Pelicans central to NBA’s planning for return to action

Pelicans central to NBA’s planning for return to action
First-round draft pick Zion Williamson prepares for training camp with the New Orleans Pelicans. (Source: Chris Hagan)

NEW ORLEANS, La. (WVUE) - When the NBA paused their season due to Coronavirus concerns, the New Orleans Pelicans were in the thick of the most-contested battle for playoff seeding as one of four teams chasing the Memphis Grizzlies for the eighth and final spot in the Western Conference. As the league and the sports world starts to peer at what a return to action might look like, the Pelicans are playing a central role in that conversation.

The team’s Vice President of Player Care and Performance, Aaron Nelson, is widely respected and is the head of the NBA Trainers Association and is at the forefront of the NBA’s thought-process as to how to get players ready to return to action “There’s a sports science committee I believe that the league has engaged in conversations around this very thing,” Pelicans Executive V.P. of Basketball Operations told reporters via teleconference. “I think there would be a pretty unanimous sentiment that the longer we’re out, the longer we’re going to need.”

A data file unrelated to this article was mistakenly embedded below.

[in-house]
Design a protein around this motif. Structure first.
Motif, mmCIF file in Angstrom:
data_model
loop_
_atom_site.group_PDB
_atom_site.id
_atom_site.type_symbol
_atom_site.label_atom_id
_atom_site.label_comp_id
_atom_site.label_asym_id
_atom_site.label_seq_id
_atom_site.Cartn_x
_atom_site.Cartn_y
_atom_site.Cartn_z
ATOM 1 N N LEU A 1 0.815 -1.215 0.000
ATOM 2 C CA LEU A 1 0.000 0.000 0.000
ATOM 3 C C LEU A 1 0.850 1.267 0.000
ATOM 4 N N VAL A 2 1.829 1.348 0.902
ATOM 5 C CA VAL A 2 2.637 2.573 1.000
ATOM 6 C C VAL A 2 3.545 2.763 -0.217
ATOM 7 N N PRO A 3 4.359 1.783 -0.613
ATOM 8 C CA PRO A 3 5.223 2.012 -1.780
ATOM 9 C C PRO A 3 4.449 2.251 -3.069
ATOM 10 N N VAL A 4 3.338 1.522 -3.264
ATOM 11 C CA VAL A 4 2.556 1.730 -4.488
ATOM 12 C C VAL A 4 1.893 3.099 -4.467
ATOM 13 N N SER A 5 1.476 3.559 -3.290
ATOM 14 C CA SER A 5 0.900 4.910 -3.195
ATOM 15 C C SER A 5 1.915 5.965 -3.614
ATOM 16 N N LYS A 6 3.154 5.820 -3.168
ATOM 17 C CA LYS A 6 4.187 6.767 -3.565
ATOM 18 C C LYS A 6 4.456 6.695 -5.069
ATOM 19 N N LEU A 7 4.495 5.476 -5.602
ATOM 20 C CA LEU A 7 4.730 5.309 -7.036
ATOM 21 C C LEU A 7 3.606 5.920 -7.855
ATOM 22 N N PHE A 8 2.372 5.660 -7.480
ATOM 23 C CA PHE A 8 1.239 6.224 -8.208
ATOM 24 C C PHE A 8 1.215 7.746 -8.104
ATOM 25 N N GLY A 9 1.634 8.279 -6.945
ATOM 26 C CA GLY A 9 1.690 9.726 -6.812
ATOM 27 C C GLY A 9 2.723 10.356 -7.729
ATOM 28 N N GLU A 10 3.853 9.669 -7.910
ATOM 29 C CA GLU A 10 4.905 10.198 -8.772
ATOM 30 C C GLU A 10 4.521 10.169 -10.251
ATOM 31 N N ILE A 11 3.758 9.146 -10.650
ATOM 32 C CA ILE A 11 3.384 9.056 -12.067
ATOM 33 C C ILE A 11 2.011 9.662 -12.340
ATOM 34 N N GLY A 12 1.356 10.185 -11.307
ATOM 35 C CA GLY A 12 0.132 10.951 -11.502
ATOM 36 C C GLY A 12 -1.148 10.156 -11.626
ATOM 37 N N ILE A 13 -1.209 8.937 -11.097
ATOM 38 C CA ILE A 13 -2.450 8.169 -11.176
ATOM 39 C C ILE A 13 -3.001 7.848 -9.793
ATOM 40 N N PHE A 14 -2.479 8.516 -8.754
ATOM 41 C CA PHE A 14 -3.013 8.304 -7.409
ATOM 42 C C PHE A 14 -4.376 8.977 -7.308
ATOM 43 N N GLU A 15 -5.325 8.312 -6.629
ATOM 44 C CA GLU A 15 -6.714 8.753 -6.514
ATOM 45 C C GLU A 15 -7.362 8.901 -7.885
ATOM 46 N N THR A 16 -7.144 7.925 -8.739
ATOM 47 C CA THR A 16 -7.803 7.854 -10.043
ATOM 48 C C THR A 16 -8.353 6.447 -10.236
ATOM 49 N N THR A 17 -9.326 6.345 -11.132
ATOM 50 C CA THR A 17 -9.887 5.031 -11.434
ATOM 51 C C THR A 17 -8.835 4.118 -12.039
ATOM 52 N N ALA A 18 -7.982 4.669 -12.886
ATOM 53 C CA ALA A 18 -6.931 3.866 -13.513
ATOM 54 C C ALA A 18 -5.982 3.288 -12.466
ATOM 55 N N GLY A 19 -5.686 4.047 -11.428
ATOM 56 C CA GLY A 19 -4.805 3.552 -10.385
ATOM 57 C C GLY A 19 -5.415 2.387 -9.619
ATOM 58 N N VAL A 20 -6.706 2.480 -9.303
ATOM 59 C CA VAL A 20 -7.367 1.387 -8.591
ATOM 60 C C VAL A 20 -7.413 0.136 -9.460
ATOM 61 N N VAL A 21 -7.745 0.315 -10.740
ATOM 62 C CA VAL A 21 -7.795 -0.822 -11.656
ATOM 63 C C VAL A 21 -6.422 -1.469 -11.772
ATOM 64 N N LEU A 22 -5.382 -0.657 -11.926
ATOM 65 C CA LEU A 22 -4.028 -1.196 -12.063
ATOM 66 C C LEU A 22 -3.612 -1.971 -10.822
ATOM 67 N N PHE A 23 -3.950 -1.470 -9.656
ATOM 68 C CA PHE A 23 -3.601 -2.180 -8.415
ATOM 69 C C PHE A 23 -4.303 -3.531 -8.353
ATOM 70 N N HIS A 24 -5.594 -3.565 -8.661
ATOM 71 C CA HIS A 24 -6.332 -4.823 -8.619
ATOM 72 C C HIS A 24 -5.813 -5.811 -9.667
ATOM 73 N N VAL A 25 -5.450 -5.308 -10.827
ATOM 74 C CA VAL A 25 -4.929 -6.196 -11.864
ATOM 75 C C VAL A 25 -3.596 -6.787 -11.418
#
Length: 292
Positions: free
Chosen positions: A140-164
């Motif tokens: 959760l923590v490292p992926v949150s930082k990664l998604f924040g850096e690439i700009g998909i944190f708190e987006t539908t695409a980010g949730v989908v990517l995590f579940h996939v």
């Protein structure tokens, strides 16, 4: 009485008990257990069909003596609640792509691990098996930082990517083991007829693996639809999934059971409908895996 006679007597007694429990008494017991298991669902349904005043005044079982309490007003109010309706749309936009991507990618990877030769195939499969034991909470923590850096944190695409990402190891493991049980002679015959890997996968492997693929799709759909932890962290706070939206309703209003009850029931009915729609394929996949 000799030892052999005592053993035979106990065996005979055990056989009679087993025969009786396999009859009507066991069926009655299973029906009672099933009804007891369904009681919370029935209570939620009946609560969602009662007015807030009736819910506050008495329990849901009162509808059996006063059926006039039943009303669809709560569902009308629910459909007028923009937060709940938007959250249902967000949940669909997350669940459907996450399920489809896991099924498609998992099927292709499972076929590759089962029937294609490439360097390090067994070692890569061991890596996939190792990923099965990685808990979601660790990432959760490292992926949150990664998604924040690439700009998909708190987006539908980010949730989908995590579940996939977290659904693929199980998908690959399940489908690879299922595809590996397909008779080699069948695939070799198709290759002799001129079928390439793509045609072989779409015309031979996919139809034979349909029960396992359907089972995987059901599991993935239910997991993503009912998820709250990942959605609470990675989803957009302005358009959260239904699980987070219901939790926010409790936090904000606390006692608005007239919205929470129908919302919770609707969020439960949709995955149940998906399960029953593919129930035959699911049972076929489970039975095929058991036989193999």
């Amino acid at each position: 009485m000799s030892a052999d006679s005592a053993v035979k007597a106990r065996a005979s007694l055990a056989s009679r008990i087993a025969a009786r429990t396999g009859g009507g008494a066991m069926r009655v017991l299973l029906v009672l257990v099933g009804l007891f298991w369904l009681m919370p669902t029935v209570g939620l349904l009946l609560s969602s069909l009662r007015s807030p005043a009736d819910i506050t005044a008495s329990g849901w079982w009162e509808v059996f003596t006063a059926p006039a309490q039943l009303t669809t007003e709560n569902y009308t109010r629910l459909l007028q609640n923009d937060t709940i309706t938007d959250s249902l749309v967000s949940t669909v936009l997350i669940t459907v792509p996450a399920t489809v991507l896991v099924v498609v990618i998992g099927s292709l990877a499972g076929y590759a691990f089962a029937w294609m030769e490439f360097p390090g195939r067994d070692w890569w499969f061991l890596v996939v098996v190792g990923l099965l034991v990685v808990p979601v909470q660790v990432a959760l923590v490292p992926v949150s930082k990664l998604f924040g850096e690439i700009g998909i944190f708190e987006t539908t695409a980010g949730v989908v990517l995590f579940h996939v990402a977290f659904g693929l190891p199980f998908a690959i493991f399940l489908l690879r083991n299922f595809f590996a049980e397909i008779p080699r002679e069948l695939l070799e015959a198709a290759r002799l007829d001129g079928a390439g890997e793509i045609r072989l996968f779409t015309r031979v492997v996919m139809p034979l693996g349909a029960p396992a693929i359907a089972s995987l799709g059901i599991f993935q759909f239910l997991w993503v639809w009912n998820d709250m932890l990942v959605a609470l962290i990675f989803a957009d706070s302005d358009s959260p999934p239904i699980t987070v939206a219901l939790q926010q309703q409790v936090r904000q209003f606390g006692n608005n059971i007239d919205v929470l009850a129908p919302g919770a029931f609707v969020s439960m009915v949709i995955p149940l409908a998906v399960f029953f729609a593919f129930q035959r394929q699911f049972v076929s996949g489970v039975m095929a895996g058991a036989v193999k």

"I would hope that we would be able to model something like an off-season which the [training facilities] are open for an informal period of time, let’s call that two weeks, and then two weeks of a training camp that would lead into game play. Again, that would be a totally different set of numbers, but having an equal amount of informal time where guys can come in and start working on their own and starting to engage in more explosive activities, that’s certainly something that would be helpful for everyone, and I know that’s been talked about from a sports science standpoint.”

Nelson and his training staff have been in daily contact with players to keep them in shape but that’s not the only service the Pelicans are offering their team "Jenna Rosen, who’s in charge of mental health and wellness for us, she’s been doing twice-a-day calm sessions where she’s doing a Zoom of different mental exercises and stress relieving exercises."

"We’re trying to be as creative as we can to have constant contact with people and make them understand that we’re still part of the same family, and family matters vitally to this group. I think our players are very close individually. I think organizationally, I think if you talk to most of the people in it, they would tell you that ‘family’ is a big focus of what we’ve brought to this, so we’re trying as best we can to connect with as many people on as many different levels as possible.”

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